Saturday, 5 August 2017

Spilia part two...

At the hottest part of the day, so probably not the best time to appreciate our surroundings, we set off on foot to explore Spilia.  Once a thriving village due to the local and lethal asbestos mine nearby it is now, like many small villages only really active in the main summer months when people return to their family homes like Lakis and Argy (and mum).  This is a village of steep ups and downs with no shop, a coffee shop which was closed, a small hotel (more of which later) and a 'good' restaurant which is only open in August apparently.  There is a hospital reasonably nearby and Kekopetria has shops and supermarkets and is about 15 minutes by car but this means to live and survive in a village like this you must have transport so no idea what happens to the old and infirm.

Lakis' father was clearly a hugely influential man and very well known in the area.  He was instrumental in getting the 'new' church built by tapping up everyone he could to contribute towards he costs.  The family also built a small amphitheatre opposite the church where the local children could hold performances (when the village school was still operational).    Lakis' father is mentioned on a commemorative stone set into the side of the amphitheatre although Lakis is quick to point out that his father actually died in 1982 and not 1984 as etched onto the plaque.

The village is fertile, we passed trees that had borne fruit, were bearing fruit or would bear fruit shortly - ranging from pistachio to plums.  Argy is a forager or as John would call it scrounger and likes nothing better than to 'cut' herbs or fruit or nuts which cross her path and is disappointed if the owners aren't happy about it!  This seems to be commonplace in Cyprus as we often see people 'on the scrounge'.

At a deserted house which seemed to have been the subject of a fire at some point we came across some heavily laden cherry-plum trees which were so delicious we couldn't resist doing a bit of 'cutting' for ourselves.  Argy was delighted producing a carried bag in readiness.  We also managed to find some sticky sweet honey figs that were ready and they quickly got snaffled away too.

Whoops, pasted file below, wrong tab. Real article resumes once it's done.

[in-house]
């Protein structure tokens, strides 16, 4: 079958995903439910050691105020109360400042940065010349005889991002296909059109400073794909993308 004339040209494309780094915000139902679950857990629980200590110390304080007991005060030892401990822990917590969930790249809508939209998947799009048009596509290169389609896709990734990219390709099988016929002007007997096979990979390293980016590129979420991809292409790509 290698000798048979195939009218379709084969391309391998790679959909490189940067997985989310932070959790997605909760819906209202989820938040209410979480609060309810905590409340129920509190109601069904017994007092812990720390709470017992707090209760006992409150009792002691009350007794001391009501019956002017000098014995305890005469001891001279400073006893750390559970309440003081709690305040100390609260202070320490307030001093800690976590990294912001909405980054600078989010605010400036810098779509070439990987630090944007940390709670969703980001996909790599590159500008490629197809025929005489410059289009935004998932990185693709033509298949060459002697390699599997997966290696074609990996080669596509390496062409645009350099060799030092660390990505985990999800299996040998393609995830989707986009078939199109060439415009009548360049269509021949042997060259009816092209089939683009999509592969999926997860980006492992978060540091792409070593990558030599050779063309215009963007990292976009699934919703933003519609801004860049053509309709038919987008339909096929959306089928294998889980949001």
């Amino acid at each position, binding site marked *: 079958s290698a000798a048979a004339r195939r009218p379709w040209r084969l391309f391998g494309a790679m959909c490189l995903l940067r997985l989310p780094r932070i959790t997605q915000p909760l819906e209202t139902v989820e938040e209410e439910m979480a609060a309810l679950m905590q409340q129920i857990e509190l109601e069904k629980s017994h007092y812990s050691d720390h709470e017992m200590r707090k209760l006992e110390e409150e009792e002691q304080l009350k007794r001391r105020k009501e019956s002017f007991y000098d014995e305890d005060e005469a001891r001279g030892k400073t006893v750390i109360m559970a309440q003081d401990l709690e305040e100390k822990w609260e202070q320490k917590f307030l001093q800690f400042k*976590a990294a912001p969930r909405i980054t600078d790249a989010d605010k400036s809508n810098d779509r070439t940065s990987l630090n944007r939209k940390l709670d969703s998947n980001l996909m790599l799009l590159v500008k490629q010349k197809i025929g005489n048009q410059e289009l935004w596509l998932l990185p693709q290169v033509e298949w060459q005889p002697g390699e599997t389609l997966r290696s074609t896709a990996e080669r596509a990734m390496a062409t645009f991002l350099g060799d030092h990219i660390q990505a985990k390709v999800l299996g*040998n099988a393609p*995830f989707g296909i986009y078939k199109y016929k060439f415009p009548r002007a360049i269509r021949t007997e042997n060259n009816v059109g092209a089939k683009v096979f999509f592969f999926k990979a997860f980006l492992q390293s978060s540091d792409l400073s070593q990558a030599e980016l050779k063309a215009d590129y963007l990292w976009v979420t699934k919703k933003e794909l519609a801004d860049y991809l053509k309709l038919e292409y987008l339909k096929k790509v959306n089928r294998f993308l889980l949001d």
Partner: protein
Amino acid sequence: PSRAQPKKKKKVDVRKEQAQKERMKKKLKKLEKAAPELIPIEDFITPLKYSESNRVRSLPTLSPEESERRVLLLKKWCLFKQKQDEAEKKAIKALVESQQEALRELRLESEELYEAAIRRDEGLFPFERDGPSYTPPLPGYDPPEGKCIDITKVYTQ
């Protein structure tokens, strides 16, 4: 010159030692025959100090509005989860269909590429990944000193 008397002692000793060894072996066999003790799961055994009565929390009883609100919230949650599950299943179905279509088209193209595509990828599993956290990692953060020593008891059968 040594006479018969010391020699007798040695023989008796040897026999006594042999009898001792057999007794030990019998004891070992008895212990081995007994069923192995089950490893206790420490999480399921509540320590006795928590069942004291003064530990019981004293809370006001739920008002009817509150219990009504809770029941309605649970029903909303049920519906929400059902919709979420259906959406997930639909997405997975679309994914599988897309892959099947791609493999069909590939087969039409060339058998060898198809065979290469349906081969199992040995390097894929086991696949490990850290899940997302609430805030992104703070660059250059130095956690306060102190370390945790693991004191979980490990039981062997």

We walked through the village with Lakis pointing out the homes and shops and buildings that had been or were still in his family ownership.

One of the buildings in the village had previously been a butchers - it still had the sign on the side showing that lamb and goat had been for sale at 12 shillings!  I am guessing there hadn't been any trade done in that establishment for many years.

We were drawn to the gardens of a neat little hotel called the Marjay Inn.  This was just the sort of hidden away family run establishment that Mum and Dad would have found and stayed in when they were younger.  It was run by Eleni who spoke good English and took us in for a guided tour.

It transpired that Eleni's daughter lived just outside Taunton and having married was remaining in Somerset which meant that Eleni was planning on selling the hotel because there was no-one left to hand it on to.  It was charming, traditional but with some modernisation so that it had ensuite showers to all rooms.

One wonders exactly how much trade a small hotel like that had because it would appear the village had very little to offer a traveller unless you stayed in the height of the season when the coffee shop and the restaurant would be open.  It was a shame really because this was a lovely place and she was a lovely lady.  Eleni said that recently she had worked with a photographic club who had based themselves at the hotel and she had organised for them to photograph people making baskets and bread etc and that it had been very successful and the photographers had loved it - this is clearly the way ahead as traditional villages like this are photogenic as are the characters living there.

We passed by some wonderful old traditional doors and shuttered windows.  I love them and am wondering whether I might use one or other of the photographs for my next art project and maybe give the completed work to Lakis as a reminder of his village and our trip there.

We had planned to grab a Skerto coffee in the coffee shop but it was closed (well it was Wednesday afternoon) and so we made do with our water which was by now lukewarm!

In the centre of the village is an impressive memorial to four young local men who killed themselves making bombs during the EOKA struggles of the 1950s in an incident which was part of the Holocaust of Kourdali.  Spilia (meaning caves) provided hideouts for the EOKA freedom fighters and the Battle of Spilia was one of abject failure for the British Troops.

On a lighter note we returned to the cool of Lakis' home to eat a leisurely lunch which was absolutely fabulous.  Argy had prepared Cypriot ravioli and salad to start, followed by succulent roast lamb with Cyprus roast potatoes and vegetables then a huge bowl of mixed fresh fruit - some of which I guess she had 'cut' on her travels!!

John was driving so I joined Lakis in a bottle of wine I had not had before from Keo.  This was d'Ahera and very nice it was too.  I then had to help my meal down with not one but two glasses of the local firewater Zivania before we packed up the antique pot, checked the way home with Lakis and our ancient map and said our goodbyes.

We had a lovely day - really enjoyed the location, company, food and wine and felt honoured to have been invited.  They had said we are to go again next time they are up there staying and we will, we will get up earlier, ignore the sat-nav, make sure we have plenty of water and go go go.

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